Install

Get the latest updates as we post them — right on your browser

. Last Updated: 07/27/2016

Two Magic Budget Words

To Our Readers

The Moscow Times welcomes letters to the editor. Letters for publication should be signed and bear the signatory's address and telephone number.
Letters to the editor should be sent by fax to (7-495) 232-6529, by e-mail to oped@imedia.ru, or by post. The Moscow Times reserves the right to edit letters.

Email the Opinion Page Editor

The newspeak equivalent of "Open, Sesame!" for Russian officialdom consists of the following two words: fifth generation. Newly appointed First Deputy Prime Minister Sergei Ivanov has only to utter this invocation and the door to the Treasury swings open. And this potential presidential successor has jumped all over his chance. The military-industrial commission, composed of the highest-ranking state officials, formerly met twice per year, but now meets every week to wander from one defense research institute to another. Ivanov used such an occasion, in the offices of the Almaz-Antei scientific-industrial facility, on Feb. 27 to make a statement that, coming from someone else, might have caused a sensation. "Today I would like to speak about a fifth generation weapons project," he said, "that will include not only anti-aircraft capabilities, but also anti-missile and anti-space weaponry defenses.

"It must be an integrated system, uniting informational, tactical and management systems of the air defense, ballistic missile defense and space defense systems," he continued. "This is a serious and expensive project involving unique technologies and innovations, which we must develop by the 2015 deadline set by the state armaments program."

So, in eight years Russia will have a "system of systems" uniting informational, tactical and management elements of the anti-missile, anti-aircraft and anti-space weaponry defenses.

Not trusting my less-than-modest-technical knowledge, I sought clarification from specialists. "Nonsense" was the only printable reply I received.

What we're talking about is the interception and destruction of ballistic missiles, cruise missiles, satellites, aircraft and helicopters. All of these objects fly at different speeds and altitudes. More importantly, they fly according to different principles. So defending against them requires inherently different systems. It is impossible, for example, to create a single system capable of defeating both ballistic missiles and aircraft.

Or perhaps Russian scientists have an eight-year deadline to deliver a weapons system based on as yet unknown principles of physics. So Sergei Ivanov is planning the development of a gigantic project that will, like former-U.S. President Ronald Reagan's Star Wars program, depend entirely on future technological breakthroughs. Why, then, create a new design-engineering department at the Almaz-Antei site, which already specializes in traditional anti-aircraft weaponry?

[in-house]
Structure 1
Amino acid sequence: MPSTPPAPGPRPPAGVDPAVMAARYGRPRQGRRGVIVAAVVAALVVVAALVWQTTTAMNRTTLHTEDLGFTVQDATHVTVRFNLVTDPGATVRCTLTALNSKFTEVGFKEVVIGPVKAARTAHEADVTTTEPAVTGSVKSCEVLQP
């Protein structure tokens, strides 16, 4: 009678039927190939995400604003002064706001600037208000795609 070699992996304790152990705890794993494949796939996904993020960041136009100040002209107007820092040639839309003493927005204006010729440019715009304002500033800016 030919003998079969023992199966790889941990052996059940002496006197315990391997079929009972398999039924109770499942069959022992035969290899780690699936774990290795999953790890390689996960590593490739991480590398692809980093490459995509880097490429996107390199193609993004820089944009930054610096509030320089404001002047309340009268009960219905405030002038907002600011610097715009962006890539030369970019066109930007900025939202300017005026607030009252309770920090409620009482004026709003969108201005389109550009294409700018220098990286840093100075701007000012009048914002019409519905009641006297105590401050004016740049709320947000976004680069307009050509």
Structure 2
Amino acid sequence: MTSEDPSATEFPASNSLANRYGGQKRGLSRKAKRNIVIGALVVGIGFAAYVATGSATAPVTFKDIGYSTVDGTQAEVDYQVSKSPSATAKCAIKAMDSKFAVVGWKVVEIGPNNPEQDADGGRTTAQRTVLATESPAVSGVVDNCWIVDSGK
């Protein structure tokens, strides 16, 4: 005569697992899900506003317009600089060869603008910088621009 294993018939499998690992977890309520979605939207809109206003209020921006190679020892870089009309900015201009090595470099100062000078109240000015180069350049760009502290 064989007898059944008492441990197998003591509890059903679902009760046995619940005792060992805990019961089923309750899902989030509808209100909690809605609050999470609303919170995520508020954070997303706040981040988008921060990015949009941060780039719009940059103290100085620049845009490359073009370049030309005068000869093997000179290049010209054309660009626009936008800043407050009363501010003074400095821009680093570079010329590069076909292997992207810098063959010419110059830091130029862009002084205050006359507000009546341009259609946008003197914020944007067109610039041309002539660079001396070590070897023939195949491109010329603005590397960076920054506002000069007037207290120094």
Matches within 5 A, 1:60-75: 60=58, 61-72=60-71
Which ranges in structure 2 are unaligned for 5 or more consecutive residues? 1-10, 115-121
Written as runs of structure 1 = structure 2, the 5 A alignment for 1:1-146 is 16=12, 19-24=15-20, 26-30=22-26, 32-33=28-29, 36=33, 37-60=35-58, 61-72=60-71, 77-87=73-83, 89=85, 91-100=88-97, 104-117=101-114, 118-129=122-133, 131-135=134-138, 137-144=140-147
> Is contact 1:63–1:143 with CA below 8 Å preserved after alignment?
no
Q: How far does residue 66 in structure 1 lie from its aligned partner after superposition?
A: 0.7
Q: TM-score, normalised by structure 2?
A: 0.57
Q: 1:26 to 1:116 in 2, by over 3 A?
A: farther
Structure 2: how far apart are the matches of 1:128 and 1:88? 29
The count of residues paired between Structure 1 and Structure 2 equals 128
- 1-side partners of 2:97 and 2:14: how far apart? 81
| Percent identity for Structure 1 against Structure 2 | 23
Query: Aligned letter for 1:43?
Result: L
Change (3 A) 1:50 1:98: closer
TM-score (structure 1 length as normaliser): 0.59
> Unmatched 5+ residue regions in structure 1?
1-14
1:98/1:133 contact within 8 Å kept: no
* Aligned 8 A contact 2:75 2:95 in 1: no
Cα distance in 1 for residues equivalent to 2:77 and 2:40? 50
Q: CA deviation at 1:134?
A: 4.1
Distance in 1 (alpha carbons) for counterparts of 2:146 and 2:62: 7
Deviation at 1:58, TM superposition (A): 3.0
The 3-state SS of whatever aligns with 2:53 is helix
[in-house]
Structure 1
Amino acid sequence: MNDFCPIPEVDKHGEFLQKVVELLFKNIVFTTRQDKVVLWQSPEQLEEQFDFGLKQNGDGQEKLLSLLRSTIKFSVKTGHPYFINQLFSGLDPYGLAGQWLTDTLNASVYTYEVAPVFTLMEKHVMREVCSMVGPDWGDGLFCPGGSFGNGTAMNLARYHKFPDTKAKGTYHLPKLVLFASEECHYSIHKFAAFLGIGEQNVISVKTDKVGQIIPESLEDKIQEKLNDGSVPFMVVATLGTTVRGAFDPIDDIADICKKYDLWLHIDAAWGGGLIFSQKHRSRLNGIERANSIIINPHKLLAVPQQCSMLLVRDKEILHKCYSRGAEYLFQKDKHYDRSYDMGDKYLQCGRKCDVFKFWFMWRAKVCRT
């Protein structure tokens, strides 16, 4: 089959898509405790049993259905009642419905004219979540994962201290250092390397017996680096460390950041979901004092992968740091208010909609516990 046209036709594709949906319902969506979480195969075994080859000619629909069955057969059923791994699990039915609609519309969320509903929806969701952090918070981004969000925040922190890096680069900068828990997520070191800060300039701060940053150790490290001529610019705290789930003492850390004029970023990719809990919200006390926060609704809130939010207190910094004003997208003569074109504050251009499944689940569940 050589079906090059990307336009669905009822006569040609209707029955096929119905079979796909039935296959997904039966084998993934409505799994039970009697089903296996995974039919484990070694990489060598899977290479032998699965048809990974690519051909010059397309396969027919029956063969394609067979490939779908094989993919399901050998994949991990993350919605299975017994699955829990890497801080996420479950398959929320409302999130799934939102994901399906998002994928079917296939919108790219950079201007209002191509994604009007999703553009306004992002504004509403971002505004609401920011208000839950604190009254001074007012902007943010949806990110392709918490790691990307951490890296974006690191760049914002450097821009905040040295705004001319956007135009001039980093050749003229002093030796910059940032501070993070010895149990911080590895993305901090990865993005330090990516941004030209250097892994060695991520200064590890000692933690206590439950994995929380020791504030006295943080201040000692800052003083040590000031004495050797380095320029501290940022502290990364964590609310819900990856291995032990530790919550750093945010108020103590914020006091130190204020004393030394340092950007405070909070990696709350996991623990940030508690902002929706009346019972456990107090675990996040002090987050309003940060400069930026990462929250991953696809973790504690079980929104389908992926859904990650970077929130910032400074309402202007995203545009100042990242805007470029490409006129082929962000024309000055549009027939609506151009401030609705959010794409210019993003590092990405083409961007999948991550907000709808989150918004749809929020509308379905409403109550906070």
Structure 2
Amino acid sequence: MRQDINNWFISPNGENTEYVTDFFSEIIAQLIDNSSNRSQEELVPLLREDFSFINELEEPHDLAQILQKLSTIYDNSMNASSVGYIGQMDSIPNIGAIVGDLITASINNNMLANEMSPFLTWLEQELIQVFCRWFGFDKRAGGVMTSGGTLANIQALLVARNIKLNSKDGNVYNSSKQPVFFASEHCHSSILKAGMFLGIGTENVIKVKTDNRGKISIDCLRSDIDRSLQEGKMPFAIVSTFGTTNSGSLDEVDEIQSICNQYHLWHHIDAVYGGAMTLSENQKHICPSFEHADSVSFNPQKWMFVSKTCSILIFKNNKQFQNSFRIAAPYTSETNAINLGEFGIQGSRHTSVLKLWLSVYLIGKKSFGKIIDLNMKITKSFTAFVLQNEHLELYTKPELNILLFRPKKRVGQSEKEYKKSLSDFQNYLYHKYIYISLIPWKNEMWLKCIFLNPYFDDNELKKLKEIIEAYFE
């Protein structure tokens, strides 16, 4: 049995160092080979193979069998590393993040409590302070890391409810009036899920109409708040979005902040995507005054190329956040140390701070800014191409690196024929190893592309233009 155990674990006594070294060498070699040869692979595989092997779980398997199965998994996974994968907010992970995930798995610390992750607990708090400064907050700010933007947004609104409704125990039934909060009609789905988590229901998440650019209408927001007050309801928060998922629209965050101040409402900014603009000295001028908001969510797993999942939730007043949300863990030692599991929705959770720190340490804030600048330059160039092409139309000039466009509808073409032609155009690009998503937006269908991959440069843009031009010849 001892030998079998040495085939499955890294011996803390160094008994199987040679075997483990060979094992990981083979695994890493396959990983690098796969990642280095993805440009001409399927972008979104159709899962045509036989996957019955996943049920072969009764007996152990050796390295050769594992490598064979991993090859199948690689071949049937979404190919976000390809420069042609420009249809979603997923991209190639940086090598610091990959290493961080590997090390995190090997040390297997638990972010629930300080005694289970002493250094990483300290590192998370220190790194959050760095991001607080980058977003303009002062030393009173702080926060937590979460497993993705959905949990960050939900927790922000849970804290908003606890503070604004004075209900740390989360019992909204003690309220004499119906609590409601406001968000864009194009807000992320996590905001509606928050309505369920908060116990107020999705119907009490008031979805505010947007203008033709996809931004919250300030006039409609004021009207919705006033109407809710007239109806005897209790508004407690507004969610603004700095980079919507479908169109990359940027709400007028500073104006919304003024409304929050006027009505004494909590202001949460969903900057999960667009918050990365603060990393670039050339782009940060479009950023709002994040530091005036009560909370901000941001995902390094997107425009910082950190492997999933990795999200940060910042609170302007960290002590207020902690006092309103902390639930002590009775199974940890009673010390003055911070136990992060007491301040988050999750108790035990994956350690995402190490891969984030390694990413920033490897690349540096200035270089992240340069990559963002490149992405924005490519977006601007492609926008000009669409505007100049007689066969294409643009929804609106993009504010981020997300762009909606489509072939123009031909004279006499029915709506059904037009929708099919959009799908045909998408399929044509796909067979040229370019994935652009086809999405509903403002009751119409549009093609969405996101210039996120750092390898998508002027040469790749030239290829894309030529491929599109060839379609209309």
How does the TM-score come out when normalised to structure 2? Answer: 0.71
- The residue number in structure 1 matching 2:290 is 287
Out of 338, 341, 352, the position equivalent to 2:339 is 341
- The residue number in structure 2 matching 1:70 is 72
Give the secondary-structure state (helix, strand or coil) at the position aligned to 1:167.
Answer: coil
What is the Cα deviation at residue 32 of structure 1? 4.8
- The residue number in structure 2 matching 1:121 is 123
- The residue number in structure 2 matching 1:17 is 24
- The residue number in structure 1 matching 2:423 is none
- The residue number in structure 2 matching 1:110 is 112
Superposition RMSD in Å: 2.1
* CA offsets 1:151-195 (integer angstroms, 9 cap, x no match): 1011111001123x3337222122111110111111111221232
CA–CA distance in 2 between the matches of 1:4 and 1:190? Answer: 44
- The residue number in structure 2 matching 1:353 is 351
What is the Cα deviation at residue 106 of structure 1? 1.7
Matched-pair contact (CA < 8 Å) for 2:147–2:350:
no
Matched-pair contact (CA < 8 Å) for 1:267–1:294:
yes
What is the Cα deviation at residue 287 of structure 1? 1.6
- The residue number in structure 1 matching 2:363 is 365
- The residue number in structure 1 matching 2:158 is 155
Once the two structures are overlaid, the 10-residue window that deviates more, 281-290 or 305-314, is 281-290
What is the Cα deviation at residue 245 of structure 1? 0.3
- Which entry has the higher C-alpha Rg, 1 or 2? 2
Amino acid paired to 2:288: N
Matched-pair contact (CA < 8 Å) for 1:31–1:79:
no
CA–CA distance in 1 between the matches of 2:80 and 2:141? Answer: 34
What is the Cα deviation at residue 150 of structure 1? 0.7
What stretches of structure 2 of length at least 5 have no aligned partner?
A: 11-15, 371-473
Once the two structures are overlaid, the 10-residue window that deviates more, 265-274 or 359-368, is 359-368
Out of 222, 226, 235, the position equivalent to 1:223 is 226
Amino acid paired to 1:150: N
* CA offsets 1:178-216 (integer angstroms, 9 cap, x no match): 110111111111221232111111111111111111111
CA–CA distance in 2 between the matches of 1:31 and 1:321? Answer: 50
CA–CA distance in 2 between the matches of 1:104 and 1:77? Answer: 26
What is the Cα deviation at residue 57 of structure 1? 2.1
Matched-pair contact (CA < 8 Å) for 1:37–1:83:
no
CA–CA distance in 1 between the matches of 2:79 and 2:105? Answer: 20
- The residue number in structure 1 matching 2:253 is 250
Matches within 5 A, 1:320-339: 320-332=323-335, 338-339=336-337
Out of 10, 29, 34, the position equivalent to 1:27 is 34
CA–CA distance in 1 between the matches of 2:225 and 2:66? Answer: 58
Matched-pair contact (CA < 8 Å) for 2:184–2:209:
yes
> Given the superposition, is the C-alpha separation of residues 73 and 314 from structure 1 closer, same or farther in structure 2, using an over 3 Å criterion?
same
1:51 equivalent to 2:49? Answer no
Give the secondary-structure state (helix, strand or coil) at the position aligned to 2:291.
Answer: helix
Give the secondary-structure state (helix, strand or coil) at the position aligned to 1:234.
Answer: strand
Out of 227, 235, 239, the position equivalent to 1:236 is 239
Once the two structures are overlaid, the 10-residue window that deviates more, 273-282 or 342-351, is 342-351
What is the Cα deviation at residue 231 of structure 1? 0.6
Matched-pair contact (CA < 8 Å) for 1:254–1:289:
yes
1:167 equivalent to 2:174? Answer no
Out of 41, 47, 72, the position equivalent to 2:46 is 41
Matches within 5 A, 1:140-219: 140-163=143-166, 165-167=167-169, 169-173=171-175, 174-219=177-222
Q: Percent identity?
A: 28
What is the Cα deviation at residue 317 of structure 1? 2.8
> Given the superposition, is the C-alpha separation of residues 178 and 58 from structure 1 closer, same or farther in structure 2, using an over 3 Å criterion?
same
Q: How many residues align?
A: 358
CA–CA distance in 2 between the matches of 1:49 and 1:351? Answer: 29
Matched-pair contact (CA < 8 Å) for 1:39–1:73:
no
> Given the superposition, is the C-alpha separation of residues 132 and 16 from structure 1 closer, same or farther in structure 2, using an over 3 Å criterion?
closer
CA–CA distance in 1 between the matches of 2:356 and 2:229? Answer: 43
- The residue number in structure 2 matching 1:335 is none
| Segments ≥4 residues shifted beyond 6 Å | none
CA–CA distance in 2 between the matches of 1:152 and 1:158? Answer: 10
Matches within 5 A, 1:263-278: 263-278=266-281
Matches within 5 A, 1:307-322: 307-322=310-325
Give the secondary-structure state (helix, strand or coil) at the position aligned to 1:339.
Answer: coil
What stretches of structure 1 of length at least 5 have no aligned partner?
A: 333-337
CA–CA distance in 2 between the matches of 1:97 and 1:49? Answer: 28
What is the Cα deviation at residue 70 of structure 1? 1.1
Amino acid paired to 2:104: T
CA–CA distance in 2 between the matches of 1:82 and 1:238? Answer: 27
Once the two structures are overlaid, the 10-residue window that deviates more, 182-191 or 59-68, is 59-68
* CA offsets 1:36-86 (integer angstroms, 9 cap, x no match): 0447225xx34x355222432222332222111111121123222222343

One analyst told me how this all would end. "When it comes time to deliver the final product," he said, "the commanders of the air, missile and space defense systems will gather in one room, project all their various targets onto one large screen, and call it a unified system. Nobody will pay any attention to the fact that the power cords running from them will be connected to different, absolutely incompatible defense systems."

The idea of unifying these systems is probably nothing more than a bureaucratic response to the U.S. system. The logic is simple, if not primitive. The United States has managed to create a remarkable "system of systems," combining space, air-reconnaissance and targeting capabilities with a "tactical platform" utilizing aircraft and cruise missiles. Russia's leaders have decided this calls for a unified system of our own. But the only thing the current military leadership is capable of doing is reshuffling existing parts. Recall how the military-space force was formed from the strategic missile command when they wanted to get rid of strategic missile force commander Vladimir Yakovlev. The unified system plan is more likely to help some general receive more stars than to become a reality itself.

The early deadline that has been set for the system is especially impressive. At the same meeting where he called for the new system, Ivanov spoke proudly of the completed work on the Triumph S-400 anti-aircraft weapons system, the first elements of which will soon go into active duty. But the S-400 was created in the mid-1980s, went through testing from 1999 to 2003 at Kapustin Yar, and only now is expected to enter service. And this is only one weapon system.

The term "fifth generation" is no doubt a suggestion from the clever folks working in the defense establishment. Not long ago, the term was used exclusively in reference to aircraft technology, where the promise to create fifth generation fighter jets gained officials access to state budget funds even during the lean 1990s. Today, a reference to a fifth generation is the equivalent of a master key. Don't be surprised if we start hearing about fifth-generation small arms in the near future.

Alexander Golts is deputy editor of the online newspaper Yezhednevny Zhurnal.